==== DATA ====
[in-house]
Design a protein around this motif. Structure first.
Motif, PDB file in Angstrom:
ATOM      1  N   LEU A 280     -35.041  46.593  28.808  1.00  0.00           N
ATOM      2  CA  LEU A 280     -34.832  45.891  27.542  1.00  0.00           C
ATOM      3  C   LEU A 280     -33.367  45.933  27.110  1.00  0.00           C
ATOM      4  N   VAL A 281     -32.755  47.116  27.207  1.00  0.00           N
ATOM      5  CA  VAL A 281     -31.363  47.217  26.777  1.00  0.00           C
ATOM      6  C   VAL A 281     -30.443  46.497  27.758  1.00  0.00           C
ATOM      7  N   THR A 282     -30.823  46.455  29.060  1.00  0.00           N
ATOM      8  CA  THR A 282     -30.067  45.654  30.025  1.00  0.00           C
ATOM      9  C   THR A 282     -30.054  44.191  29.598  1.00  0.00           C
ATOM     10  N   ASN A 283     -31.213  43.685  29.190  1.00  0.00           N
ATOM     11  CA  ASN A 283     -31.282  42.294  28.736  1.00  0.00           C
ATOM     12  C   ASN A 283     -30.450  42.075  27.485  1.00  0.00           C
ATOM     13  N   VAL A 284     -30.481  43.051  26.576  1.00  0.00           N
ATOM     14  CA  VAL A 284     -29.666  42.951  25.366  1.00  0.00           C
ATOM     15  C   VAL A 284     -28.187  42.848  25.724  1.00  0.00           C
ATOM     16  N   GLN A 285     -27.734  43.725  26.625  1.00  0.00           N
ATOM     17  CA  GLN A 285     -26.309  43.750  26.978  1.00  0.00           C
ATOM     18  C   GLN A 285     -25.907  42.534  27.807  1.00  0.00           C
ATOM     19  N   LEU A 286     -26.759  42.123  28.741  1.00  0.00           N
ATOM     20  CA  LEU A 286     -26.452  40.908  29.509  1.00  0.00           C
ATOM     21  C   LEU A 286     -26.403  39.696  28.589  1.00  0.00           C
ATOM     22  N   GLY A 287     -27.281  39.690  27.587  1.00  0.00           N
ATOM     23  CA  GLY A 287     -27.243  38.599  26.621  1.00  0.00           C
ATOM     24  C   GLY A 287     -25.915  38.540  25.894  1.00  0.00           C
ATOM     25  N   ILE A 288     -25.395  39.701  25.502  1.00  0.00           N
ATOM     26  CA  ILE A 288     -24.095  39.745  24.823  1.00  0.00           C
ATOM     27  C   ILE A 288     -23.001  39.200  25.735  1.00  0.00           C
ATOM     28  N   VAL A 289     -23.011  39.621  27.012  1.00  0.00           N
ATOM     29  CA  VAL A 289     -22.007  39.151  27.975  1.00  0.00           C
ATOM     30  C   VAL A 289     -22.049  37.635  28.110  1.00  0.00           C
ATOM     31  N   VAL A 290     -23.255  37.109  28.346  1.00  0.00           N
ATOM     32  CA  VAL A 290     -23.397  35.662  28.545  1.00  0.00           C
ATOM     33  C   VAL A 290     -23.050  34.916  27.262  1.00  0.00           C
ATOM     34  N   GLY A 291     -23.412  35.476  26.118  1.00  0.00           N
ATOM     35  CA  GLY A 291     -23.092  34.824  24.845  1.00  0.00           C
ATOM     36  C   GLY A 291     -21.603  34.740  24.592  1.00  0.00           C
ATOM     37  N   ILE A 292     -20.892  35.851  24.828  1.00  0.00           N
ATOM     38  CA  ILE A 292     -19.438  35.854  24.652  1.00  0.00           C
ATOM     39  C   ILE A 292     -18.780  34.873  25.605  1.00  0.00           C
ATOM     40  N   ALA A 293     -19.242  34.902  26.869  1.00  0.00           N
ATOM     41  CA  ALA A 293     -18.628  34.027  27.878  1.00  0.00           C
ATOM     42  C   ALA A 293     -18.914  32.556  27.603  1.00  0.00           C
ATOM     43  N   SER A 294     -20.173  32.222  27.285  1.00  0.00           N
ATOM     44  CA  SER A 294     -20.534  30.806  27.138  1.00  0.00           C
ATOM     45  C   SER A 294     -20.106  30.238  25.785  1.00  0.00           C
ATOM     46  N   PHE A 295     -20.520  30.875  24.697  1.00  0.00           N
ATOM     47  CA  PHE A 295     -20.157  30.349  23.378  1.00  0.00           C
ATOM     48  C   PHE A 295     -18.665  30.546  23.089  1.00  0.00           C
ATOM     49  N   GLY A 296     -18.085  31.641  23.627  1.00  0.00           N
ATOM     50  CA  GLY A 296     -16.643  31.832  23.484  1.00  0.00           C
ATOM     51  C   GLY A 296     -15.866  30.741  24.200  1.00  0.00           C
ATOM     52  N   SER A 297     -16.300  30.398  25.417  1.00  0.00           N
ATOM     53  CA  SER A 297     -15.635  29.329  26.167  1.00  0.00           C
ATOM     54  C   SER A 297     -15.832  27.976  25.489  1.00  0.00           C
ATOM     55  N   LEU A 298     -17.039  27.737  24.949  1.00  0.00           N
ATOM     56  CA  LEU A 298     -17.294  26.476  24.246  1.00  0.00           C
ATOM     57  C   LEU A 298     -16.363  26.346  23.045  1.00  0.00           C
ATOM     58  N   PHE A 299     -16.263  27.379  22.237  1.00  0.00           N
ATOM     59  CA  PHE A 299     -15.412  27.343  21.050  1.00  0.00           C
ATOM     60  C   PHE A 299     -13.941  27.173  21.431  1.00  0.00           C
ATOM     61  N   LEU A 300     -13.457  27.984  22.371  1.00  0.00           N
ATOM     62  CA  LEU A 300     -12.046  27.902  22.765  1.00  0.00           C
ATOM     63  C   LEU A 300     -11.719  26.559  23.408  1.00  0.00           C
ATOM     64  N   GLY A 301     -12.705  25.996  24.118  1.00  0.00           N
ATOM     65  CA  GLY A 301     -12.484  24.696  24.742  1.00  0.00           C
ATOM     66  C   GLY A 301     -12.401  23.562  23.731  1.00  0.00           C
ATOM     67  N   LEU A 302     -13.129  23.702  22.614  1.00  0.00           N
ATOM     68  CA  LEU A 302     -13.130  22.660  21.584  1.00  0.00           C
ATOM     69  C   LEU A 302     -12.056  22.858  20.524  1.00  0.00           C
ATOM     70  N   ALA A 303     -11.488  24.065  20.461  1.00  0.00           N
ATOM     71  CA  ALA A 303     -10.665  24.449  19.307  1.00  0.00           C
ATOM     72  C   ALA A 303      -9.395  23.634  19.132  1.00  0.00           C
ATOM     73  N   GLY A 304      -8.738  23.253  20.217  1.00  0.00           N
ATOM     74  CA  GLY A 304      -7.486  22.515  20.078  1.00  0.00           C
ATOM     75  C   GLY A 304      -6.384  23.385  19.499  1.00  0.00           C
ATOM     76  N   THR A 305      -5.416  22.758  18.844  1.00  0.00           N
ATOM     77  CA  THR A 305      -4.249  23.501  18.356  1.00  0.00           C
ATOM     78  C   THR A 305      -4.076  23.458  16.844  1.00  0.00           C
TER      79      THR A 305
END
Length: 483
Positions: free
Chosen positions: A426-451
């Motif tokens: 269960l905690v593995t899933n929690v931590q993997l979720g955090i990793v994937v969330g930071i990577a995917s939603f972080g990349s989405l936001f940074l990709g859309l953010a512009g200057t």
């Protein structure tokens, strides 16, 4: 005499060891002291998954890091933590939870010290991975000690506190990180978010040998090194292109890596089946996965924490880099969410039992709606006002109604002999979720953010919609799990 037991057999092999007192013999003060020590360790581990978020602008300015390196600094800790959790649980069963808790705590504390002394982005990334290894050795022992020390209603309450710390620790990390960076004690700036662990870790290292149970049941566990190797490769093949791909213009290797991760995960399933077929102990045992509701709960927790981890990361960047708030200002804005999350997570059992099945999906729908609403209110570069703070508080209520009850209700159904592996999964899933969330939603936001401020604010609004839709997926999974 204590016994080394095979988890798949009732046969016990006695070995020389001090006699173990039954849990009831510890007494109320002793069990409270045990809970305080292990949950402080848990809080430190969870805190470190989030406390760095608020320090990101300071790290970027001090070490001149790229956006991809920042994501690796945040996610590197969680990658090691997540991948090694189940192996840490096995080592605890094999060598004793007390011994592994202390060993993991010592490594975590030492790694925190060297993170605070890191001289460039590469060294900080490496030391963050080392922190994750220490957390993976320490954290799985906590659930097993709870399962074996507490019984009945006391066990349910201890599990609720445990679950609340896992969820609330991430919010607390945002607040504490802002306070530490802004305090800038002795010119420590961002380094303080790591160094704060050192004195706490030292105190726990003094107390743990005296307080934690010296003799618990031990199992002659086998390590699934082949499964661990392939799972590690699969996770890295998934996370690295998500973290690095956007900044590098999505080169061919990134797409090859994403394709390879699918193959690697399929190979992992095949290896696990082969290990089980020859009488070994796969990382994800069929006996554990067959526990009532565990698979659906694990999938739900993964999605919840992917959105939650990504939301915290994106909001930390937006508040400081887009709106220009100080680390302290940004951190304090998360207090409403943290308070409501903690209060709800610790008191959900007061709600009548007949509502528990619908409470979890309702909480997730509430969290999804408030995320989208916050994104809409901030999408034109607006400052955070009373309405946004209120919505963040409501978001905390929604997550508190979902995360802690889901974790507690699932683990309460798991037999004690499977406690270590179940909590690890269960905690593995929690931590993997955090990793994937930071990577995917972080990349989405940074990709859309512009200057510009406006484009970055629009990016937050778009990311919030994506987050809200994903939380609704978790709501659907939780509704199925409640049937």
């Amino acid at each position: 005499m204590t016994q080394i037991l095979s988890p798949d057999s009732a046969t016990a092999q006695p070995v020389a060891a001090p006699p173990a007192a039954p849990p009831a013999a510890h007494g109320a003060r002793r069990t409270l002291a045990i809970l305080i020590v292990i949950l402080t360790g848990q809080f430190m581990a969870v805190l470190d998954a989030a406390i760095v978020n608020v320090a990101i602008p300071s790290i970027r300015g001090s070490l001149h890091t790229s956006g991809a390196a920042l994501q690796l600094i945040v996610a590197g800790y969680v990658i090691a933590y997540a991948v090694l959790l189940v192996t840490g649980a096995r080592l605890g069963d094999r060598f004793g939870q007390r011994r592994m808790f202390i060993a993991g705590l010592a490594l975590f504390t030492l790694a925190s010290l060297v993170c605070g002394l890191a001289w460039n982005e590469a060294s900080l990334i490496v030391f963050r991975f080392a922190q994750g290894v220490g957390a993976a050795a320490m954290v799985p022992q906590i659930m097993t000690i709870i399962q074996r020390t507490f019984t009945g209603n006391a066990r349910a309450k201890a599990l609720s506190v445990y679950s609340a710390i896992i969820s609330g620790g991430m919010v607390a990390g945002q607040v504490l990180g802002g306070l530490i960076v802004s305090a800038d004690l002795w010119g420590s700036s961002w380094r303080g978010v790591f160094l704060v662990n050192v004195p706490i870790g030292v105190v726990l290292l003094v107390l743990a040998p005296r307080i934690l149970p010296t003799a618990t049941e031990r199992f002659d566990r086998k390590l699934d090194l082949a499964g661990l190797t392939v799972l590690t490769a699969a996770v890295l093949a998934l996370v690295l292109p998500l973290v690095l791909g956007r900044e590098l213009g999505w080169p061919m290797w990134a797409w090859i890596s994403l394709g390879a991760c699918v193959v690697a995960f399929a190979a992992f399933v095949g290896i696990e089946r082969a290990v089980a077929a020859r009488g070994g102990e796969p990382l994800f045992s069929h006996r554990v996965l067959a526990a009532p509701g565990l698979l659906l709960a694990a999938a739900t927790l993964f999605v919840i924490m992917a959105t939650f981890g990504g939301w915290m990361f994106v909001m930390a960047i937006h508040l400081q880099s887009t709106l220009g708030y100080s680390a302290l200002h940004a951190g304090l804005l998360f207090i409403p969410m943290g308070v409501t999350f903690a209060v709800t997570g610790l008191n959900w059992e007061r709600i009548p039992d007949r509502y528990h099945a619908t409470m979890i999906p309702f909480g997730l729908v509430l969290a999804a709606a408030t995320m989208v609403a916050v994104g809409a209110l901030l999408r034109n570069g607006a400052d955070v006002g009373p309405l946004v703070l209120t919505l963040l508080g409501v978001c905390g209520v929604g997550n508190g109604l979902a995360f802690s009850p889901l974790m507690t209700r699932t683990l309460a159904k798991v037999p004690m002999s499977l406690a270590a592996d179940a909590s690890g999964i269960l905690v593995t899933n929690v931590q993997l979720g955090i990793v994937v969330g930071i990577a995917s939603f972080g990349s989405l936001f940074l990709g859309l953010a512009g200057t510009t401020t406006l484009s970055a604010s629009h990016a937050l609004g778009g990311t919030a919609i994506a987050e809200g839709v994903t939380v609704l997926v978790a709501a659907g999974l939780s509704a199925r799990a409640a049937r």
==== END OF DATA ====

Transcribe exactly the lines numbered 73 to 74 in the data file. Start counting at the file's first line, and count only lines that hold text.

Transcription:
ATOM     70  N   ALA A 303     -11.488  24.065  20.461  1.00  0.00           N
ATOM     71  CA  ALA A 303     -10.665  24.449  19.307  1.00  0.00           C